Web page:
Commentators like to beat up on ordinary Americans. They're accused of borrowing mindlessly, of greed and materialism. Yet high levels of debt and consumption were not the result of millions of individual decisions by consumers. They were the result of a deliberate economic 'regime change' in the 1970s -- that transformed the US economy, and cut American incomes as a share of GDP.
The Great Depression 2.0 is just beginning to unfold. Bankers are bailed out while making a grab for bonuses. Ordinary Americans by contrast, are already being bankrupted, made jobless, homeless and hungry -- in huge numbers. But until recently it was these Americans that were heroically driving the global economy forward.
They did this by borrowing and spending. But they were not 'naturally' inclined to borrow. They were driven to it. By stagnating incomes, and by the deliberate policies of government, regulators and bankers.
While wages and salaries shrank as a share of the economy -- to the lowest level since the government began recording data in 1947 -- banks showered Americans with credit cards. 'Easy money' was spread around like confetti. And government urged Americans to spend. George Bush famously said "Shopping is patriotic" in late September, 2001.
Then Bush-Cheney doubled the deficit, bankers gambled and Americans borrowed and shopped. Consumers maxed out on their credit cards and mortgages and worked harder and longer -- squeezed by the demand for higher productivity. By so doing, they played a gallant role in driving forward the engine of US economic growth.
They did more. They powered global economic growth. China owes a great deal to American consumers -- as does Europe.
Today these same consumers are punished mercilessly for their heroism.
Take the latest jobless numbers. A rise of nearly 600,000 in January. Electrifying. The highest in the US for 27 years -- and we're just at the beginning of Depression 2.0 -- courtesy of George Bush, the Federal Reserve and the reckless finance sector. There are now about 13 million Americans unemployed or under-employed. That's an awful lot of people. And a frightening level of individual and household stress, isolation and anger.
But it is worse than that. Not only have Americans lost jobs, income, health care and self-esteem -- they've lost their homes too. Last year there were 3,157,806 foreclosure filings -- an 81 percent increase from 2007 and a 225 percent increase from 2006. That's millions of Americans losing their family life, their comforts, their investments and their security. RealtyTrac projects another 2 million homes will be lost in this way over 2009.
And it gets even worse. By November, 2008, 31 million Americans needed government help for the most basic necessity of life -- food. This is an increase of 14% in just one year. And as the data is slow to catch up with layoffs, hundreds of thousands more will have joined the food stamps queue by now.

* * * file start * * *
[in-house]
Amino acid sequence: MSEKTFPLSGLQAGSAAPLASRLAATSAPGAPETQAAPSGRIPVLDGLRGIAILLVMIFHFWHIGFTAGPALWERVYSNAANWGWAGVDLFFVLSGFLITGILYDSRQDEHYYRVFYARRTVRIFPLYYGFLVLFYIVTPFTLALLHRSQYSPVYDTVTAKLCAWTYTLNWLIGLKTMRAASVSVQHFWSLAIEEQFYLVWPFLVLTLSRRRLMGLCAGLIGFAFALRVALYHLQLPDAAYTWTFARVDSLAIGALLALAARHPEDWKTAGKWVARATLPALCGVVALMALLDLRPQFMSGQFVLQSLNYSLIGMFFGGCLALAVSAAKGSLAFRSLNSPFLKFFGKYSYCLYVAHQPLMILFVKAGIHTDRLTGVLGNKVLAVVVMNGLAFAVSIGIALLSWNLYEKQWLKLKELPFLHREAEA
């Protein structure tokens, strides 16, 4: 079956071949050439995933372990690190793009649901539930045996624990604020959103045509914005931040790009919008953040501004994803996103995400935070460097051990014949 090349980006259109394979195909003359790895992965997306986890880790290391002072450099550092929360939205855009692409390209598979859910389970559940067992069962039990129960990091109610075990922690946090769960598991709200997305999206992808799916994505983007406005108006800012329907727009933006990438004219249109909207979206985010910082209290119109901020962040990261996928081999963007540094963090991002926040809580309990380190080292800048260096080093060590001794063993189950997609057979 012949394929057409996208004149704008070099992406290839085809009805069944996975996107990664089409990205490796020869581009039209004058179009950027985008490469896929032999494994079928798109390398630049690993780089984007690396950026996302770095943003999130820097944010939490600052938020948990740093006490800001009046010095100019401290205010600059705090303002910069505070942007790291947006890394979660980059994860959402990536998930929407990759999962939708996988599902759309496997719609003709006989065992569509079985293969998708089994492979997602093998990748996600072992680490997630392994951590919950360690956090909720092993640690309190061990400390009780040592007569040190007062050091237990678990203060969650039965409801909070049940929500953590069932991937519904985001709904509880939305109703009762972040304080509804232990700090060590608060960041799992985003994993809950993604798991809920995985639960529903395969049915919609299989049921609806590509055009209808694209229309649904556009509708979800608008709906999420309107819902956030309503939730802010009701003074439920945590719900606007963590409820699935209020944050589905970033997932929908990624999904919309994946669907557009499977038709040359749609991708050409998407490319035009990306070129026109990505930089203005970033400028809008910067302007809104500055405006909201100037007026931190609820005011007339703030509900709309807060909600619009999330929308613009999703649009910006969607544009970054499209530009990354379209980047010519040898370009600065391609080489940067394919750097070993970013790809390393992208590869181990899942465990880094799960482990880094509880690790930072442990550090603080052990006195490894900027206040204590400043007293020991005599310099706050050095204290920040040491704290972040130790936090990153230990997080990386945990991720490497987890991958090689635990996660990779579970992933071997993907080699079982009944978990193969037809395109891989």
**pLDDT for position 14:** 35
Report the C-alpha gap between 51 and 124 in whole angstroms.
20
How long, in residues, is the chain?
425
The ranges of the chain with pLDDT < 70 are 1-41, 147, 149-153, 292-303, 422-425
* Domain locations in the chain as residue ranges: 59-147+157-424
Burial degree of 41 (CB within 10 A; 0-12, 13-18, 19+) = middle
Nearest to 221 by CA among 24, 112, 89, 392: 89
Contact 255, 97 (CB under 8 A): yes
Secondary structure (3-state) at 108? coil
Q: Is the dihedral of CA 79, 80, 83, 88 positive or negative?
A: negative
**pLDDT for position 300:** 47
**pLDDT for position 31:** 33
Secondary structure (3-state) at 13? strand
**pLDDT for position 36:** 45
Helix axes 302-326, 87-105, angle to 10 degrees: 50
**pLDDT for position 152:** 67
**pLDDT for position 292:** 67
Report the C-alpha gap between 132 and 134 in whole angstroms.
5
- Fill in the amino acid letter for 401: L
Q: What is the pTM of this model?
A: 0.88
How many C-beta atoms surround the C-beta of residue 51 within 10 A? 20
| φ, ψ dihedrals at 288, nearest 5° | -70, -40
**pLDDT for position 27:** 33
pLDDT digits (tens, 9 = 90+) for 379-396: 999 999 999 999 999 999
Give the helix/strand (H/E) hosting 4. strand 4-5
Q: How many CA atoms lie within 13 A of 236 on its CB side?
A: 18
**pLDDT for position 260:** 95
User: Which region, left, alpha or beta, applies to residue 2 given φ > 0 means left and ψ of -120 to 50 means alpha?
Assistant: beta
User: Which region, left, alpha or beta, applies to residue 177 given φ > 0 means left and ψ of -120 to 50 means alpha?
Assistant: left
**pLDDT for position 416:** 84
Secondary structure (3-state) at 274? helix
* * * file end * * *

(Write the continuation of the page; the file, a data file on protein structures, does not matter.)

From 1945 to the 1970s Americans produced and manufactured food, goods and services -- in the post-war period called 'the golden age'.
They were dull but prosperous times. Sundays were Sundays. 24/7 was a distant reality. People had jobs. Companies made profits. Bank managers talked to their customers. And there were no financial crises -- at all -- between 1945 and the 1970s.
But this 'golden age' was to be overturned. The revolution was launched by a highly ideological group of economists -- mainly of the Chicago School.
Decision-makers in government and at the Fed, seduced by their economic theories -- decided that it would be better and more profitable if Americans stopped producing and making things. They argued that there was no harm in the United States relocating 4.5 million jobs abroad -- mainly to China -- between 2001 and 2009. US workers could switch to service jobs such as hairdressing, retail and real estate -- with long working hours.
The revolution was started by Chicago's first convert -- Richard Nixon in 1971. It was carried forward by the Reagan and Clinton administrations. Soon it became more profitable to grow money from money than to grow maize, textiles or steel.
Building up debts and deficits became acceptable. During the Bush-Cheney years the national debt doubled from $5.7 trillion to $10.7 trillion. 'Reagan proved ...deficits don't matter' said Dick Cheney in 2001.
Making money from money became the aim of economic policy. Chicago economists argued that private bankers could be trusted to create and distribute credit. That the US economy could safely be held aloft by a credit-fueled shopping spree. Shopping became the major economic activity.
Today the finance sector grabs more than 30% of domestic corporate profits -- double its share 25 years ago. And fully 75% of US GDP is down to personal consumption expenditures -- up from around 60% in the 1960s.
Today millions are jobless, homeless and hungry.
Their discontent threatens social upheaval and radical change. Another economic transformation will no doubt take root. But will the architects of America's financial collapse be identified and held to account for the suffering inflicted on millions of heroic and innocent American consumers? Or will it be the victims, once again, that will be blamed?